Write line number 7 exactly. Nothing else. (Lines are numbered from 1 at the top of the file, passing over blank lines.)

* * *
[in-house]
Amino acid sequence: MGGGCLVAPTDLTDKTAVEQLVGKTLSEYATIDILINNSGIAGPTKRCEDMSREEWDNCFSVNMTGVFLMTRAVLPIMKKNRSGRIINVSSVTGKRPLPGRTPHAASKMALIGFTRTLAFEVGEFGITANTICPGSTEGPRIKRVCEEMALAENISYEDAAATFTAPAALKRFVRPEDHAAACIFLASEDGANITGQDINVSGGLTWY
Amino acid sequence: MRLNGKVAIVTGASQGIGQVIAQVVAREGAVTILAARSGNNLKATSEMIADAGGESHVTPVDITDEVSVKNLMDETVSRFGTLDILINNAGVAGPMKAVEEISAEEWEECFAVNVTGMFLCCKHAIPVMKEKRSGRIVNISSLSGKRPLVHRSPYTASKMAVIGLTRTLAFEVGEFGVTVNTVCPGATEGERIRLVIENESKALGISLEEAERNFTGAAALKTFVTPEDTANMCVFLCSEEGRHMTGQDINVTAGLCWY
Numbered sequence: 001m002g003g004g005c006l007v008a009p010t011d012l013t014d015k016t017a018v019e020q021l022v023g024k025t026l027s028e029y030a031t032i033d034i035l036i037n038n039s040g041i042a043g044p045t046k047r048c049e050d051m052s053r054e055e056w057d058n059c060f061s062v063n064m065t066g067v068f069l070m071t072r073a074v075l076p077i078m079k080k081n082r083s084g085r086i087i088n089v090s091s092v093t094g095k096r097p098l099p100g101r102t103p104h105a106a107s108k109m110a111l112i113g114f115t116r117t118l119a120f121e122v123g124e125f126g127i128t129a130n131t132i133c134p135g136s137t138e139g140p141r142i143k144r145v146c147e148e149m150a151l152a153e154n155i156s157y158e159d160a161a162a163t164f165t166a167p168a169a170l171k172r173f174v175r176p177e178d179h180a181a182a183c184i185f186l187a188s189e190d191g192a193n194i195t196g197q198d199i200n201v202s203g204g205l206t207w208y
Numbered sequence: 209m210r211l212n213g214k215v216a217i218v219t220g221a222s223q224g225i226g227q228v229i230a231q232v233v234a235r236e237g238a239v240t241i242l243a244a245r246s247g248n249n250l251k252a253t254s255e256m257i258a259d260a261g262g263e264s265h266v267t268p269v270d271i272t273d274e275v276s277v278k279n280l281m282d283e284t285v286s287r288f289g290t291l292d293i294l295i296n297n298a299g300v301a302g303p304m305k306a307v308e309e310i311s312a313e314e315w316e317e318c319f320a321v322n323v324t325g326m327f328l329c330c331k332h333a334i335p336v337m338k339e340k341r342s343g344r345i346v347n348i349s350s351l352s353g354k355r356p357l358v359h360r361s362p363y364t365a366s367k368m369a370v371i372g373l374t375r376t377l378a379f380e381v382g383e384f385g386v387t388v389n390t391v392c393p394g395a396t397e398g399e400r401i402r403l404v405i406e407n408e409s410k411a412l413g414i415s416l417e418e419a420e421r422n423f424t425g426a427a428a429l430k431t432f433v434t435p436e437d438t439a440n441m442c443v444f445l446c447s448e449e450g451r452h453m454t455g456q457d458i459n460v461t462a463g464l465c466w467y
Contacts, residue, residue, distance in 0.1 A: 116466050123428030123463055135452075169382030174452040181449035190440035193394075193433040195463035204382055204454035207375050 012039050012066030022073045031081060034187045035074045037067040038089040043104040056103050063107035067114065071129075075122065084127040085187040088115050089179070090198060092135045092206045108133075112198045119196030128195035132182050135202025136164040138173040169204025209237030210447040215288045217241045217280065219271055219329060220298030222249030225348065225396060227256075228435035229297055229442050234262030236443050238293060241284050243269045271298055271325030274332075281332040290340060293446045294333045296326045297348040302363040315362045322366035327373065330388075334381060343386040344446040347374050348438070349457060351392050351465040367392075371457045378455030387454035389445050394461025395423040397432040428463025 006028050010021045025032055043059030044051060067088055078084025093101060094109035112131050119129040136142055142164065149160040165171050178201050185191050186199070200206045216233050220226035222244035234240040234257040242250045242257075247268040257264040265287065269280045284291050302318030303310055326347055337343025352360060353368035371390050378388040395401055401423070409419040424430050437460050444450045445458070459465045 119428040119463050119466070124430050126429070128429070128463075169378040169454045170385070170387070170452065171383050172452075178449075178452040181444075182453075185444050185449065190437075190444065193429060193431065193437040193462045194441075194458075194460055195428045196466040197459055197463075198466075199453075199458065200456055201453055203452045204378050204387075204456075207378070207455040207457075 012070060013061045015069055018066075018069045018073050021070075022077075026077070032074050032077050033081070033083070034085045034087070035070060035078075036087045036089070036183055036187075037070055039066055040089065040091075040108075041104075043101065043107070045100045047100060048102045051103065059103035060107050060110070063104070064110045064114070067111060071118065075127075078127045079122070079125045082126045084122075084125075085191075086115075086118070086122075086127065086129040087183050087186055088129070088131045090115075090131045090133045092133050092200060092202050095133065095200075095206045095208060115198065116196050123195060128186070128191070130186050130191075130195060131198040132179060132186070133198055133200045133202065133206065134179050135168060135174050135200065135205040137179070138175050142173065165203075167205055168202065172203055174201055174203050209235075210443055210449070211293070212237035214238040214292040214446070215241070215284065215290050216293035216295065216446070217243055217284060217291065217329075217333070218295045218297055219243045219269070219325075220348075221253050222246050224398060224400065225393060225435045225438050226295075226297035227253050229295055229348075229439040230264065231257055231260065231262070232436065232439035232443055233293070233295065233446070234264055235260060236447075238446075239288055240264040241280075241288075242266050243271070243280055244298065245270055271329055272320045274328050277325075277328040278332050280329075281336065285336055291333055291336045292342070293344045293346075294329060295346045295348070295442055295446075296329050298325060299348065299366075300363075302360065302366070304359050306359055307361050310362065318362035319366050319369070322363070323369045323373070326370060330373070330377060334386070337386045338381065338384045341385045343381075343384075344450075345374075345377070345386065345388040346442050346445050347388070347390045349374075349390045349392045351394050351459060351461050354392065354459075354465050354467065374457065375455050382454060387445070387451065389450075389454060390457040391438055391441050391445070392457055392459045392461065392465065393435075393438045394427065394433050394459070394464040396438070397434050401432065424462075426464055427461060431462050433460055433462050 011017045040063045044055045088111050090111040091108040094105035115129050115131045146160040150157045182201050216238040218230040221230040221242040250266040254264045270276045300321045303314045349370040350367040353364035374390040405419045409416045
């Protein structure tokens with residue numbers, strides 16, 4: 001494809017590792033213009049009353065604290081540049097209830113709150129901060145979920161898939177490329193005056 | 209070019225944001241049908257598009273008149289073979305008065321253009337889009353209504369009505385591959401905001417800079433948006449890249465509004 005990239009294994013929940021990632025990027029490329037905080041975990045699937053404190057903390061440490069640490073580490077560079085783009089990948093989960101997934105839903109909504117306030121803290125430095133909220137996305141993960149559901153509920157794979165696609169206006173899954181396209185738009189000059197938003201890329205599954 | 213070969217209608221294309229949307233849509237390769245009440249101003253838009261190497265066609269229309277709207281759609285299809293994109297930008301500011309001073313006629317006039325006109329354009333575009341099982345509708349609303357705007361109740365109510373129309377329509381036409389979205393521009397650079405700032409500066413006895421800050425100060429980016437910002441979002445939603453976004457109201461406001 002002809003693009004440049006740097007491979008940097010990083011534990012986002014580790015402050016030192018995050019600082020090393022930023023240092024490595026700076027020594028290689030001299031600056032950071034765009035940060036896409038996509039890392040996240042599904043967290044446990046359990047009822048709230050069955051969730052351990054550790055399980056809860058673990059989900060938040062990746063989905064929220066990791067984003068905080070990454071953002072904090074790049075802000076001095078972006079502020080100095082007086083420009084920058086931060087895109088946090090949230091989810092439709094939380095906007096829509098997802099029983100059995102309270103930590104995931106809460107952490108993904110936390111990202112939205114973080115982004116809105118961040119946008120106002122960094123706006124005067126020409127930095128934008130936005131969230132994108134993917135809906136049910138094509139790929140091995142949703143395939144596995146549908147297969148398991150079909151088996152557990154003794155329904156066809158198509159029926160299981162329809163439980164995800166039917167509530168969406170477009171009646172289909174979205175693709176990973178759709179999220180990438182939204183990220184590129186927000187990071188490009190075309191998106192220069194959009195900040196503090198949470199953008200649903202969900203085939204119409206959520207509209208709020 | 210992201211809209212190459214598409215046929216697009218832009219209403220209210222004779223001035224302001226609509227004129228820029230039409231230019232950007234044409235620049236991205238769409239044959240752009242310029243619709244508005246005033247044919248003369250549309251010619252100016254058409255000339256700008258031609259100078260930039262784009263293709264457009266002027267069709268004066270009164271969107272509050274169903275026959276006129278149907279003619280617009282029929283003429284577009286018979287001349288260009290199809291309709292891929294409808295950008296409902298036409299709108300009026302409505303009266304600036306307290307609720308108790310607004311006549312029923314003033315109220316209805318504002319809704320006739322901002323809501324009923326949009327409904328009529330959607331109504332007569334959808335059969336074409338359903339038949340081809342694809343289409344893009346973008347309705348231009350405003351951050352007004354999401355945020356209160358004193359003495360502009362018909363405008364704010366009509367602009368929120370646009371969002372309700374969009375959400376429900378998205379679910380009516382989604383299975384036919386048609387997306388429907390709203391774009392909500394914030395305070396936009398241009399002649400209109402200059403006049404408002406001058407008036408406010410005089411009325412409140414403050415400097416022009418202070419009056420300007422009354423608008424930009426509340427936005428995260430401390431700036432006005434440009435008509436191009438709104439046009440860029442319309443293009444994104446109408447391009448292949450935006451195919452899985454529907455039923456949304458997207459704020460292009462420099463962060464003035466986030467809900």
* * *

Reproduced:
């Protein structure tokens with residue numbers, strides 16, 4: 001494809017590792033213009049009353065604290081540049097209830113709150129901060145979920161898939177490329193005056 | 209070019225944001241049908257598009273008149289073979305008065321253009337889009353209504369009505385591959401905001417800079433948006449890249465509004 005990239009294994013929940021990632025990027029490329037905080041975990045699937053404190057903390061440490069640490073580490077560079085783009089990948093989960101997934105839903109909504117306030121803290125430095133909220137996305141993960149559901153509920157794979165696609169206006173899954181396209185738009189000059197938003201890329205599954 | 213070969217209608221294309229949307233849509237390769245009440249101003253838009261190497265066609269229309277709207281759609285299809293994109297930008301500011309001073313006629317006039325006109329354009333575009341099982345509708349609303357705007361109740365109510373129309377329509381036409389979205393521009397650079405700032409500066413006895421800050425100060429980016437910002441979002445939603453976004457109201461406001 002002809003693009004440049006740097007491979008940097010990083011534990012986002014580790015402050016030192018995050019600082020090393022930023023240092024490595026700076027020594028290689030001299031600056032950071034765009035940060036896409038996509039890392040996240042599904043967290044446990046359990047009822048709230050069955051969730052351990054550790055399980056809860058673990059989900060938040062990746063989905064929220066990791067984003068905080070990454071953002072904090074790049075802000076001095078972006079502020080100095082007086083420009084920058086931060087895109088946090090949230091989810092439709094939380095906007096829509098997802099029983100059995102309270103930590104995931106809460107952490108993904110936390111990202112939205114973080115982004116809105118961040119946008120106002122960094123706006124005067126020409127930095128934008130936005131969230132994108134993917135809906136049910138094509139790929140091995142949703143395939144596995146549908147297969148398991150079909151088996152557990154003794155329904156066809158198509159029926160299981162329809163439980164995800166039917167509530168969406170477009171009646172289909174979205175693709176990973178759709179999220180990438182939204183990220184590129186927000187990071188490009190075309191998106192220069194959009195900040196503090198949470199953008200649903202969900203085939204119409206959520207509209208709020 | 210992201211809209212190459214598409215046929216697009218832009219209403220209210222004779223001035224302001226609509227004129228820029230039409231230019232950007234044409235620049236991205238769409239044959240752009242310029243619709244508005246005033247044919248003369250549309251010619252100016254058409255000339256700008258031609259100078260930039262784009263293709264457009266002027267069709268004066270009164271969107272509050274169903275026959276006129278149907279003619280617009282029929283003429284577009286018979287001349288260009290199809291309709292891929294409808295950008296409902298036409299709108300009026302409505303009266304600036306307290307609720308108790310607004311006549312029923314003033315109220316209805318504002319809704320006739322901002323809501324009923326949009327409904328009529330959607331109504332007569334959808335059969336074409338359903339038949340081809342694809343289409344893009346973008347309705348231009350405003351951050352007004354999401355945020356209160358004193359003495360502009362018909363405008364704010366009509367602009368929120370646009371969002372309700374969009375959400376429900378998205379679910380009516382989604383299975384036919386048609387997306388429907390709203391774009392909500394914030395305070396936009398241009399002649400209109402200059403006049404408002406001058407008036408406010410005089411009325412409140414403050415400097416022009418202070419009056420300007422009354423608008424930009426509340427936005428995260430401390431700036432006005434440009435008509436191009438709104439046009440860029442319309443293009444994104446109408447391009448292949450935006451195919452899985454529907455039923456949304458997207459704020460292009462420099463962060464003035466986030467809900």